Police halt major Berlin protests as Germany passes tougher coronavirus laws | News | DW


Several thousand people gathered in the center of Berlin, banging pans and blowing whistles, to protest Chancellor Angela’s opinionMe and the German government ‘push to better apply coronavirus restrictions Wednesday. Some 190 protesters were arrested and nine police officers were injured in the clashes that followed, Berlin police said.

“The police are calling the demonstrators to leave. Lots of hoot. Protesters want access to an area cordoned off around parliament where new additions to the infection law are being debated [at the moment,]DW Nina Haase reported from the stage.

A tense standoff ensued, as police tried to convince the crowd to disperse amid shouts of “We are the people!” And as some protesters began to sing the national anthem.

Police in riot gear lined up to prevent protesters from getting too close to the parliament building, seeking to avoid scenes in August when a similar protest reached the Reichstag parliament building. At the time, during a weekend demonstration, politicians were not in session.

Federal Interior Minister Horst Seehofer defended the police action, saying key government bodies were able to “work without restrictions today”.

“The democratic constitutional state is alive and the police are its protective shield,” he added.

The conservative politician thanked the emergency forces “for this very important service in our country”.

Read more: Leipzig coronavirus protest sparks heated debate over police in Germany

What do the new rules imply?

Germany’s lower and upper chambers have passed changes to Germany’s infection protection law, more specifically responding to the coronavirus pandemic. The new measures will activate the government to impose restrictions on social contacts, rules on wearing a mask, drinking alcohol in public, closing shops and quitting sports events.

Defenders say the bill provides a more solid legal basis for various anti-pandemic measures. It also covers the rules on school and daycare closures., and restrictions on educational institutions.

Dubbed the Infection Protection Act, the law was passed in the German Bundestag with a majority of 415 lawmakers supporting it, 236 voting against and eight abstentions. He then went to the Bundesrat, the upper house of parliament, where it was passed with a clear majority. President Frank-Walter Steinmeier then signed it.

Some 17,561 new cases of coronavirus were reported in Germany on Wednesday, bringing its total number of infections to 833,307.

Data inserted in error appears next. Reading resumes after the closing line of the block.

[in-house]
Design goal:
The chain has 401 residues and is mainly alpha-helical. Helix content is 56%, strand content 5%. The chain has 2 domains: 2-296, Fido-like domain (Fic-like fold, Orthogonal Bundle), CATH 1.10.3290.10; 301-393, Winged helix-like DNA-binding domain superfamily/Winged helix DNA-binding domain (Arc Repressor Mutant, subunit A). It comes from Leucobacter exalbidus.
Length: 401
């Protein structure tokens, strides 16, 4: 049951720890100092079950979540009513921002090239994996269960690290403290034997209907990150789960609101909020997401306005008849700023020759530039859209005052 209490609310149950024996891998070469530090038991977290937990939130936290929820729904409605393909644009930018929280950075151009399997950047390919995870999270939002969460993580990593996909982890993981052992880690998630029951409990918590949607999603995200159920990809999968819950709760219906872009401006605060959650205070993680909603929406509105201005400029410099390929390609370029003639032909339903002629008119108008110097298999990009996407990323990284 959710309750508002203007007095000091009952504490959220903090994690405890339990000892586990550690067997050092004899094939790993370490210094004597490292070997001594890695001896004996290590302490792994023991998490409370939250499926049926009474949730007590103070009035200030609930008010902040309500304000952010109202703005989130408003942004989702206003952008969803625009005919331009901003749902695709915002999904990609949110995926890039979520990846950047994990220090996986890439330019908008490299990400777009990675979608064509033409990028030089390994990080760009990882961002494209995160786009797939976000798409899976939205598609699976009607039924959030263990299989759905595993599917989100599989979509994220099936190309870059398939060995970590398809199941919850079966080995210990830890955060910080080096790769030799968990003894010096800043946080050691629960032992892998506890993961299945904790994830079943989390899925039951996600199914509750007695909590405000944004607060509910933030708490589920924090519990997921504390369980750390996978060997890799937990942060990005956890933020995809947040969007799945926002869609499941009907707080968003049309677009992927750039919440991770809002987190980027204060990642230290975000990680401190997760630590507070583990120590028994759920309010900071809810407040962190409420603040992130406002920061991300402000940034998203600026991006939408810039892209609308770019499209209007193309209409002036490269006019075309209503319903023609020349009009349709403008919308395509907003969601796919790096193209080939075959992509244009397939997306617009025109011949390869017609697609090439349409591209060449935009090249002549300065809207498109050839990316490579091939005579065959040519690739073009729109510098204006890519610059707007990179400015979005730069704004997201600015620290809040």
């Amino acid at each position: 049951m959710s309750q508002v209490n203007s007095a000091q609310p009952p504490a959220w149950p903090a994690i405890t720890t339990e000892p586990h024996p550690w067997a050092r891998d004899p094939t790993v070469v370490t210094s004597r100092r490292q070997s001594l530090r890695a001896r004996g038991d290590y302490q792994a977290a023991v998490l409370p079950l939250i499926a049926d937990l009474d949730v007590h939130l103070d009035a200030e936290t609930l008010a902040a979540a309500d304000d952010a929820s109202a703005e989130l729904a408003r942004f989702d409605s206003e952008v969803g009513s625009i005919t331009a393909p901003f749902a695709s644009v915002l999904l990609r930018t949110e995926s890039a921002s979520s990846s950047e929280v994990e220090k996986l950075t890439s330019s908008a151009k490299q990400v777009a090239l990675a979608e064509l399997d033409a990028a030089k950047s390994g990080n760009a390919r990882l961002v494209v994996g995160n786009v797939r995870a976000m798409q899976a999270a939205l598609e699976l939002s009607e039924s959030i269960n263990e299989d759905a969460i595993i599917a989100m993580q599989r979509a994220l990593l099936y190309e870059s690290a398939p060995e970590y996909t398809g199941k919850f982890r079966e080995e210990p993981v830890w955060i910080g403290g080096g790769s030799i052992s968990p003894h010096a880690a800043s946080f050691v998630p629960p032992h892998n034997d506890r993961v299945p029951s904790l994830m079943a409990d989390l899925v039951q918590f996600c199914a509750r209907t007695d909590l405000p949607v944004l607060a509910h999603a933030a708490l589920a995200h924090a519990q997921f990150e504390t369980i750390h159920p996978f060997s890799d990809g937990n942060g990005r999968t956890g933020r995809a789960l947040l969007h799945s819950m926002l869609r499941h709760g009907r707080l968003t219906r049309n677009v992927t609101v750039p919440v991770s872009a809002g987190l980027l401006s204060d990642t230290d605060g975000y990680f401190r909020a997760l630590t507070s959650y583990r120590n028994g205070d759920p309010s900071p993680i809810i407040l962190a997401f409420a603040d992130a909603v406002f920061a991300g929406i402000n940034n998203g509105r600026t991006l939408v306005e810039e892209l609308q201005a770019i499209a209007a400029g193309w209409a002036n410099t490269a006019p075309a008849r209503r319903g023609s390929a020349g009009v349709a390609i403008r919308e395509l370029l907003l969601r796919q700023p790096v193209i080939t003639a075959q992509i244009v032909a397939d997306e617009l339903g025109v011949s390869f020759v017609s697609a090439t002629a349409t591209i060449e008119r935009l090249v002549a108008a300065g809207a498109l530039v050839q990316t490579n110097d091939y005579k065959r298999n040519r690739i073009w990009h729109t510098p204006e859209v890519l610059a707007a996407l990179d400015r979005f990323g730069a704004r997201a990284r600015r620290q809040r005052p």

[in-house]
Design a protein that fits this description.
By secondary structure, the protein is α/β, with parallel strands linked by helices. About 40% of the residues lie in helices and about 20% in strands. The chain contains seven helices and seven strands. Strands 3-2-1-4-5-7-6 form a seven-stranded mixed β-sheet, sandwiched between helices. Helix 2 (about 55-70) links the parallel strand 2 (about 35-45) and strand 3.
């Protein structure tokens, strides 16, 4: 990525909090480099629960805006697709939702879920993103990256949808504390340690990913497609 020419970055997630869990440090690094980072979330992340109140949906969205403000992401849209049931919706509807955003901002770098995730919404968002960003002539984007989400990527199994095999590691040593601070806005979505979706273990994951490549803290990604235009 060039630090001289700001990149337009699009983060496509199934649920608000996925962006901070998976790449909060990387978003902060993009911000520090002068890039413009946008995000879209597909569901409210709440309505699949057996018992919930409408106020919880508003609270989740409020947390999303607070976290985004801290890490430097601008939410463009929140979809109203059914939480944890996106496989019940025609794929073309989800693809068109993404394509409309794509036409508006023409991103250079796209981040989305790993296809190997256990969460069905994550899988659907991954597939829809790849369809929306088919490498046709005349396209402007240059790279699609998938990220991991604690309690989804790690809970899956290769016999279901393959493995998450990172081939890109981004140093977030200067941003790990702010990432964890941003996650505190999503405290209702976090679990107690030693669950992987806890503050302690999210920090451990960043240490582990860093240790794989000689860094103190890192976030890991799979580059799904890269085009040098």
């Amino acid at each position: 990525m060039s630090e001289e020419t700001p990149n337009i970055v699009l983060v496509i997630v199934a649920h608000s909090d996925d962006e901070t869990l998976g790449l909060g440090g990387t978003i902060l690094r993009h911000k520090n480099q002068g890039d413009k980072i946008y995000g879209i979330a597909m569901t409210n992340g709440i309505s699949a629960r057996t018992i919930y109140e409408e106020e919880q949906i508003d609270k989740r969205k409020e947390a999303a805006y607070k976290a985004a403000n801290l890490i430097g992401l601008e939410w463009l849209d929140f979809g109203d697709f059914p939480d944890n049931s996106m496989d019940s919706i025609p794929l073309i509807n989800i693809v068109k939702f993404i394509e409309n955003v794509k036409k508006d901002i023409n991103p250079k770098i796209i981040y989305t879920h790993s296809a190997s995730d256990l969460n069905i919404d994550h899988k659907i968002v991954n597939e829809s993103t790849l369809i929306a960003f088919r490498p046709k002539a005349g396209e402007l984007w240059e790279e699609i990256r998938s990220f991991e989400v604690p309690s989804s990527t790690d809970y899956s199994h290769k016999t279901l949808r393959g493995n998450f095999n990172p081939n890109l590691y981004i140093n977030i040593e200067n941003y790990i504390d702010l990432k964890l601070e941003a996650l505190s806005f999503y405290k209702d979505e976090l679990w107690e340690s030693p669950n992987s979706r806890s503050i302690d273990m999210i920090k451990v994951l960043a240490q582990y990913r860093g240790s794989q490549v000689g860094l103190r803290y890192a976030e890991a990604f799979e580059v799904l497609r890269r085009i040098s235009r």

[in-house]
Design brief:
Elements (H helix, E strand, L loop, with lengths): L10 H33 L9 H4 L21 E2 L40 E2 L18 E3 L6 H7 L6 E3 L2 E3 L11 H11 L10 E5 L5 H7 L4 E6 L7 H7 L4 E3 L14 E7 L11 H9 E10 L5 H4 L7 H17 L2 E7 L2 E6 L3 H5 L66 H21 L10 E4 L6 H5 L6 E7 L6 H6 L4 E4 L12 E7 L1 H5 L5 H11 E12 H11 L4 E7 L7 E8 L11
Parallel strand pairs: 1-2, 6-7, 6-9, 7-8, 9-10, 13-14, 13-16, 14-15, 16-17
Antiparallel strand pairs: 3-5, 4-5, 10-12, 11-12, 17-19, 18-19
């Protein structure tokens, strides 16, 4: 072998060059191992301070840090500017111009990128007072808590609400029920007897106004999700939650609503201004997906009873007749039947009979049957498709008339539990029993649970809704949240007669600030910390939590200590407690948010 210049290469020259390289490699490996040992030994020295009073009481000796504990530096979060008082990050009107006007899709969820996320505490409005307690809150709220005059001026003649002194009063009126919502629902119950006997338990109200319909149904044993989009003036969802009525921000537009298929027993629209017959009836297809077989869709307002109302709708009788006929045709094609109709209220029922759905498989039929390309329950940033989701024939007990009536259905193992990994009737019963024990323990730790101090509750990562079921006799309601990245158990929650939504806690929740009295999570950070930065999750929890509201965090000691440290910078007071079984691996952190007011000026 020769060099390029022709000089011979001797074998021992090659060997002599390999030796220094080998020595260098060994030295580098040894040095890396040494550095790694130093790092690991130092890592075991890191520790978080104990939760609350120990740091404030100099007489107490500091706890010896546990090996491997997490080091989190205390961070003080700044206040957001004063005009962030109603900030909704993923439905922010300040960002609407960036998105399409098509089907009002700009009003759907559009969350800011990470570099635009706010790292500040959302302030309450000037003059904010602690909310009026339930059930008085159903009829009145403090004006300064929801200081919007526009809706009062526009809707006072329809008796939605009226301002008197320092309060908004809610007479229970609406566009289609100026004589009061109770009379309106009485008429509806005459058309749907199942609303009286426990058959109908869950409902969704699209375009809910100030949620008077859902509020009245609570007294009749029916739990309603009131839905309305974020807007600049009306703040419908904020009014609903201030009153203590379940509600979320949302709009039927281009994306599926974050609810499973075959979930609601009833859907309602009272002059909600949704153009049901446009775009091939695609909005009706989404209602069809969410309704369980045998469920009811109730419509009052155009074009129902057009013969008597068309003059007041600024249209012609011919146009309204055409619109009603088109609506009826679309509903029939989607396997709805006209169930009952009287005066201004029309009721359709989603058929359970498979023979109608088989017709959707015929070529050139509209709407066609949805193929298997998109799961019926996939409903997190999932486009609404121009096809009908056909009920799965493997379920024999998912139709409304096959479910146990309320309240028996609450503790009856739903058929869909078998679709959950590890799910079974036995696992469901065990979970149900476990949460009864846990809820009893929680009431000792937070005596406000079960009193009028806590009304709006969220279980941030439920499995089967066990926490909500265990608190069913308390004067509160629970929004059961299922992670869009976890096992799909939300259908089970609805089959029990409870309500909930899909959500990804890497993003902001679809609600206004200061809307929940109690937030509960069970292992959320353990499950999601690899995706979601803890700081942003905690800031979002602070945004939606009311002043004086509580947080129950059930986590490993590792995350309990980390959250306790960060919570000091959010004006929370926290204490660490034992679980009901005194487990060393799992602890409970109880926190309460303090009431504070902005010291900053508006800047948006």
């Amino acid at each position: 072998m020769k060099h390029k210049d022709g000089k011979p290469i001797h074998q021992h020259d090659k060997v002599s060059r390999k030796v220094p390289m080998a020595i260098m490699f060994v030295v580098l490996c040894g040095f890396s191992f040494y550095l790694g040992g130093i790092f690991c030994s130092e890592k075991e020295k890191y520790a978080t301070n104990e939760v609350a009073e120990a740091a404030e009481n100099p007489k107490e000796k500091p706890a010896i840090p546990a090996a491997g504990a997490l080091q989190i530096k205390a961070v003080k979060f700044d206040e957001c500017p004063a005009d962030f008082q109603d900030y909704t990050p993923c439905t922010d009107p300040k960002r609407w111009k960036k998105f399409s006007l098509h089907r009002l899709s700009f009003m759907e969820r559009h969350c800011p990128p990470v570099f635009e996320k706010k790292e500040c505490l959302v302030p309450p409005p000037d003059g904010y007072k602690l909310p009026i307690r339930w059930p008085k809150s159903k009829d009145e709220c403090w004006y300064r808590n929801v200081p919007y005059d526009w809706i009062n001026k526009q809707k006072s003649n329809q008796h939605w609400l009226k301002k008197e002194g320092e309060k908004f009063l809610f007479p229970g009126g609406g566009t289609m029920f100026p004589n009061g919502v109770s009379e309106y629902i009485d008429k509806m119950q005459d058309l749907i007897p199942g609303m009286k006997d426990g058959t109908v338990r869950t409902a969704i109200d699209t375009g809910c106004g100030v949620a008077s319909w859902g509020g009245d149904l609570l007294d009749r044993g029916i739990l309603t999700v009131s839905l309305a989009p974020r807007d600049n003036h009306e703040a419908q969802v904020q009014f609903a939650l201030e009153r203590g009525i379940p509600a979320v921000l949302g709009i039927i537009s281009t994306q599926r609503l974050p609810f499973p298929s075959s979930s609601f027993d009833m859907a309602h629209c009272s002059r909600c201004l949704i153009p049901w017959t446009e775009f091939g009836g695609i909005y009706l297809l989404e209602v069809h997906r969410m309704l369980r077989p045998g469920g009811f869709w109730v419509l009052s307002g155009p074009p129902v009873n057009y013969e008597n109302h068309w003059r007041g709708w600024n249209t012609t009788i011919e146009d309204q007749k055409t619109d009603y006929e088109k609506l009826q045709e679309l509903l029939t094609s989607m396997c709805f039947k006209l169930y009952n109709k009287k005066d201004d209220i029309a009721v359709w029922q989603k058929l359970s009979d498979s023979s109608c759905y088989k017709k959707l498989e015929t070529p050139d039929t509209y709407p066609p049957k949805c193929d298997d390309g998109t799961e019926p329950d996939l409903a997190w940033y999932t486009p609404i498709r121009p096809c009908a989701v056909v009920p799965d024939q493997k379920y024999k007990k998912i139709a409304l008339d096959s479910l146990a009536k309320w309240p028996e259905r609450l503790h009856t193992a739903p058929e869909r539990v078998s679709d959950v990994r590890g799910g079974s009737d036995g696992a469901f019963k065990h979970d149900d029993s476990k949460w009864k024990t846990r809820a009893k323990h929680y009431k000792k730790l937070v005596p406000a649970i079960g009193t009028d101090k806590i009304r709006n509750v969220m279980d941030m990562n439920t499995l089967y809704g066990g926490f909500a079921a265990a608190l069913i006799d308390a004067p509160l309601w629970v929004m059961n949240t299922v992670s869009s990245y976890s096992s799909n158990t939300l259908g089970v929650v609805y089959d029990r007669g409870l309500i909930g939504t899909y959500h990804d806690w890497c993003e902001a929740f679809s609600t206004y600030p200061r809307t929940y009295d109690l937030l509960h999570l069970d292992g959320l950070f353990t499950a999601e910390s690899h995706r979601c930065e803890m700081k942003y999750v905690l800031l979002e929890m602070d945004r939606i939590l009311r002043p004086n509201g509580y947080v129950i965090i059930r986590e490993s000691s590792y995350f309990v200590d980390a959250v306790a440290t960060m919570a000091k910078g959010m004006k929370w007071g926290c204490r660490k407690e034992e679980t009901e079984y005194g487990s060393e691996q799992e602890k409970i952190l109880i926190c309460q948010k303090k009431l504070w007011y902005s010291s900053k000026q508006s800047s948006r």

The latest infection figures are a slight drop from the same day last week, when Germany reported 18,487 cases, and the number of daily cases has leveled off somewhat in recent days. But infection levels are still far higher than what the government considers acceptable in most countries and more than four times the government limit in Berlin itself.

Read more: Does Mass Coronavirus Testing Make Sense?

Hitler’s enabling act invoked by skeptics

Protesters who took part in Wednesday’s protests were not actively wearing masks or social distancing. But one participant wore a mask with the words “Merkel-Muzzle” on, while others held banners with slogans such as “For the Enlightenment. Peace and Freedom ”.

Cthe rituals say that coronavirus laws would give too much power to government and endanger citizens civil rights.

the right-wing populist Alternative for Germany (AfD) capable gone that far comparing the measures proposed with the enabling law of 1933 which paved the way for Adolf Hitler’s dictatorship, especially in his social media posts. A senior member of the AfD, Bernd Baumann, drew the same parallel in the Bundestag.

Social Democrat MP Helge Lindh told DW that the right to protest should be respected, but a comparison with the Nazi regime was too far off.

“It must be possible to protest and criticize,” Lindh told DW over the phone. “But tolerance cannot go so far to accept that the law of protection against infections is assimilated at the beginning of the Nazi dictatorship, with the enabling law of 1933.”

“It’s blindness to the lessons of history,” Lindh said. “And this is a complete trivialization of National Socialism.”

Andreas Wirsching, director of the Institute for Contemporary History in Munich, told DW that the analogy was “completely absurd”.

Read more: Can Germany’s infection protection law be compared to the Nazis’ “enabling law”?

An attempt by the AfD, Germany’s largest opposition party in the current parliament, to stop work in the Bundestag failed on Wednesday morning.

Read more: Traveling to Germany: what you need to know about coronavirus restrictions

According to the Berlin newspaper Daily Mirror, several lawmakers accused their AfD colleagues of allowing certain demonstrators to enter the parliament building without authorization.

One of these activists was caught on camera berating CDU politician and economy minister Peter Altmeier as he waited for the elevator. Lawmakers said they were harassed by anti-coronavirus protesters who allegedly crept into the building.

jcg, aw/ dj (dpa, AFP)


Please enter your comment!
Please enter your name here